My clients were the non-traditional clients, usually the ones who came to me after being denied from a number of banks. I was certainly not the last resort — there were always what were referred to as “C Loan Lenders,” which in my opinion were no different from loan sharks because the rates and fees they charged were unreasonable, e.g., they were charging 13-15% as interest rates on their loan when I was able to get them 7-8% interest rates on the mortgage programs I was selling them [while the industry was offering interest rates averaging 6.5%.]
They usually came in to my office after hearing one of the “no money down” speakers on television, and they wanted to know how I can get them in a home for no money down. In addition, my clients often had cash businesses, out-of-control debt including car loans, late payments, and high credit card debt, and they usually had one or more judgments recorded on their credit history. However, I was able to help them find a mortgage program that would suit their needs based on their particular situations.
My favorite program was provided by the Federal Housing Authority, and was better known as the “FHA” mortgage. These mortgage programs were generally 97 LTV programs which means that a home buyer only needed to come up with 3% of the cost of the home as a down payment. On top of that, this program was forgiving to homeowners who were cash-poor and who had debt ratios (e.g., monthly debts) which would have earned them a “denied” stamp across a traditional bank’s mortgage loan application.
Within the application process of getting a FHA loan, there was something secret about how they approved or denied loans — they called it “the machine.” This machine was used to approve or deny all FHA applications. It had no official rules, but from processing an number of applications, we learned that a FHA loan can still be approved even when the buyers did not qualify based on the FHA’s loan guidelines. We deduced that the machine had a balancing test which measured the income of the home buyer, debt, credit scores, down payment, and other factors. If one of the requirements for eligibility were not there (for example, a home buyer had a low credit score, or a low income, or a high debt ratio, etc.) the machine would look for compensating factors which could give support for why the home buyer would pay his bills. If a compensating factor were present, they would be approved.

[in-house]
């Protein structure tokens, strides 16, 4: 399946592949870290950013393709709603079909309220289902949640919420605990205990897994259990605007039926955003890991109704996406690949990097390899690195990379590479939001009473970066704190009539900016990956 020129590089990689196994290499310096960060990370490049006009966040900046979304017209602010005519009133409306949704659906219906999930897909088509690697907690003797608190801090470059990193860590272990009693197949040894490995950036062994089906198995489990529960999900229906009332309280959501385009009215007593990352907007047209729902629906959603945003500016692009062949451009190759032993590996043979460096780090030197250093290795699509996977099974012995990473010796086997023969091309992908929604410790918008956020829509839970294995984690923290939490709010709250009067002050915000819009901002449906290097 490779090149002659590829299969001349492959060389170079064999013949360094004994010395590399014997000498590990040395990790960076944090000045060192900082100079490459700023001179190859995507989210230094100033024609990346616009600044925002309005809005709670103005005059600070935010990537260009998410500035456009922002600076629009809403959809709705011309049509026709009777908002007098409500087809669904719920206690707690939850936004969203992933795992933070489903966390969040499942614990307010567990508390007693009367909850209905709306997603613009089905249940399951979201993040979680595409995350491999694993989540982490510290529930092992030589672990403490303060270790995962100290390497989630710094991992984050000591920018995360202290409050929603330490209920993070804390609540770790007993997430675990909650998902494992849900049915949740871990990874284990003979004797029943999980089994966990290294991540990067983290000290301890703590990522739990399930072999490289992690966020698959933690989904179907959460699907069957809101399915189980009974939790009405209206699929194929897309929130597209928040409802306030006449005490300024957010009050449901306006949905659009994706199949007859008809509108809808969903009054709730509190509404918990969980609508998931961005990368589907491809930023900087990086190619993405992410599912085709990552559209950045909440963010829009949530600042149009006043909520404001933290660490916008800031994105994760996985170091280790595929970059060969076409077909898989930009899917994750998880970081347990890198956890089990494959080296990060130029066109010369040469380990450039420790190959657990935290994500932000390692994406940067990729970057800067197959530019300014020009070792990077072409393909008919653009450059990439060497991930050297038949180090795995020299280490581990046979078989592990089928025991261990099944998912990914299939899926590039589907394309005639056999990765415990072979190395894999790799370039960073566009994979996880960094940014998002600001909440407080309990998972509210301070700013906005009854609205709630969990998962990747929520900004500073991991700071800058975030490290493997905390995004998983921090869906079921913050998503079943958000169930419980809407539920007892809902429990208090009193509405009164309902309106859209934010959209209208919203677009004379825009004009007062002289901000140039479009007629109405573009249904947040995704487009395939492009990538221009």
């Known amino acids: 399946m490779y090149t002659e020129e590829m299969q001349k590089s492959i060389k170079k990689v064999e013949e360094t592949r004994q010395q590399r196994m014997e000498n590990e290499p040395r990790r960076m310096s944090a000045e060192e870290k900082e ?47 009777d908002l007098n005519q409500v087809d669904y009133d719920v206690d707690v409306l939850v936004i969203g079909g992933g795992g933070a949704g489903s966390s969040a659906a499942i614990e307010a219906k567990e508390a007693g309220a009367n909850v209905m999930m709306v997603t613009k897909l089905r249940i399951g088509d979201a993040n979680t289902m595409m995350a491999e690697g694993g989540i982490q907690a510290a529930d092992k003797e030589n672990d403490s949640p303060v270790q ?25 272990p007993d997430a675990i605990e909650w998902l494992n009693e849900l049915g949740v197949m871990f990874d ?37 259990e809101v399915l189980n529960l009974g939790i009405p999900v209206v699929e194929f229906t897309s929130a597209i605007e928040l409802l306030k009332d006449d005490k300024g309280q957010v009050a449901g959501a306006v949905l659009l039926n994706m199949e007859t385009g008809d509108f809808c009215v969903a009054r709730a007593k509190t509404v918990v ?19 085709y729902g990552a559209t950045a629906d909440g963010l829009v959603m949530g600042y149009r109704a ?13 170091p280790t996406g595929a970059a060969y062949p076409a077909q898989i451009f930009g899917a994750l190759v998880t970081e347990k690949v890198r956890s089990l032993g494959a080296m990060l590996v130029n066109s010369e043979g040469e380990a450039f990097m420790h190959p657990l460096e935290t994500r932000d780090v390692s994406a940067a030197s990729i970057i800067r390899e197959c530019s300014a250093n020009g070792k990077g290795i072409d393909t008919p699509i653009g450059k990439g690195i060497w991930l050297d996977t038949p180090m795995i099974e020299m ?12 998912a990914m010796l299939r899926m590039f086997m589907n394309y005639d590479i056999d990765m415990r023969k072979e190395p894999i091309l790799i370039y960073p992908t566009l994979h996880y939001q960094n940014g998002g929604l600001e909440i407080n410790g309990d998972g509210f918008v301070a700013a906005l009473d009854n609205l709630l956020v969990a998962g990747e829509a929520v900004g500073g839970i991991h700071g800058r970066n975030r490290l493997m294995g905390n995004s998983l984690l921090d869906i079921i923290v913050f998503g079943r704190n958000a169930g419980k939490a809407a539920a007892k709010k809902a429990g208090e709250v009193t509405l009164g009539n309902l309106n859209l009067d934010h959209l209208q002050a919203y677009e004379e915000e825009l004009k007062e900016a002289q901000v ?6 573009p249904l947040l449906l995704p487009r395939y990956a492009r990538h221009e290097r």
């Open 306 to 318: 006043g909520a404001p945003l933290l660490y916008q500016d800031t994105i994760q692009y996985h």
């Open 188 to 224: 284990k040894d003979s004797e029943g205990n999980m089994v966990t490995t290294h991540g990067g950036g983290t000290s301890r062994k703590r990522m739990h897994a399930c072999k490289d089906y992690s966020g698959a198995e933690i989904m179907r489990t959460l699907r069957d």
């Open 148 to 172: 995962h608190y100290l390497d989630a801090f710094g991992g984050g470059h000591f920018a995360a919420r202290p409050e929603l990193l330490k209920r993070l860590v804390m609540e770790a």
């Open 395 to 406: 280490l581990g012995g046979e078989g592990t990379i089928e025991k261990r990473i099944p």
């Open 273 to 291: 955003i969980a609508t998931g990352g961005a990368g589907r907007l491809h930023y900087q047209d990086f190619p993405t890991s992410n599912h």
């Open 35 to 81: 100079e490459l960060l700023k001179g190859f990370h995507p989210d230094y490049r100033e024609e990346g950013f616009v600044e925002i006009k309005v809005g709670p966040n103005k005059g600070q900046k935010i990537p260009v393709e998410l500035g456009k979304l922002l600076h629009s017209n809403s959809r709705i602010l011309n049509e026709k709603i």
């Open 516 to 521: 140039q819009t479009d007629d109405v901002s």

What was funny was that the bank was able to input and tweak multiple scenarios of what the home buyer brought to the table, and they were able to do this over and over, and the machine would give an approval or denial based on the data inputted. Thus, we learned that by having the home buyer increase the down payment, or by having the home buyer call his credit card company to lower his monthly payments, or by instructing the home buyer to pay down certain debts to improve his credit score, we were able to get the home buyers mortgages where the banks could not.
It didn’t stop there. A home buyer who had a down payment could get all of his closing costs (generally 6% of the amount of the mortgage at the time) paid by the mortgage itself at closing. How? The mortgage bank had handshake-agreements with home appraisers who, at the request of the mortgage bank, would appraise the property “for as much as it could be worth” (really meaning they added value to the appraisal where there was none). The appraiser would raise the appraisal value, and the bank would correspondingly increase the amount of the mortgage so that the closing costs would get “wrapped into the mortgage.” In turn for this favor, the bank would send more business to the appraiser, and the bank would offer to the home buyers that they could pay the closing costs for their home buyer at closing.
It gets worse. Banks were paying kickbacks to the real estate brokers (who were asking the loan officers to charge the client more money hidden under the guise of being “discount points” and pay them a certain percentage above-and-beyond their commission). If a bank was unwilling to pay the kickback, or if the real estate broker wanted to feign legality, they would instead request equivalent amounts of “advertising money” where the real estate broker would place their usual ad which was paid for by the mortgage bank; the mortgage bank would get a disproportionately small area of the ad space, but they would pay all of the costs for the ad.
At the closings, mortgage banks would at the last minute purposefully not lock in interest rates, which would coincidentally increase significantly the day before the closing. On top of this, the banks would not lower the interest rates in return for the discount points paid, and thus the home buyer would pay for a product they did not receive.
Bottom line, the mortgage industry was getting more and more unethical, and people were getting cheated every day by these banks. After some time, these practices become commonplace and the industry as a whole became an unethical place to work. It was my opinion that the mortgage loan officers, our banks, and the real estate brokers had fiduciary duties to their clients to inform them about the risks and rewards of each of their transactions, and it was for the breach of these duties that I left.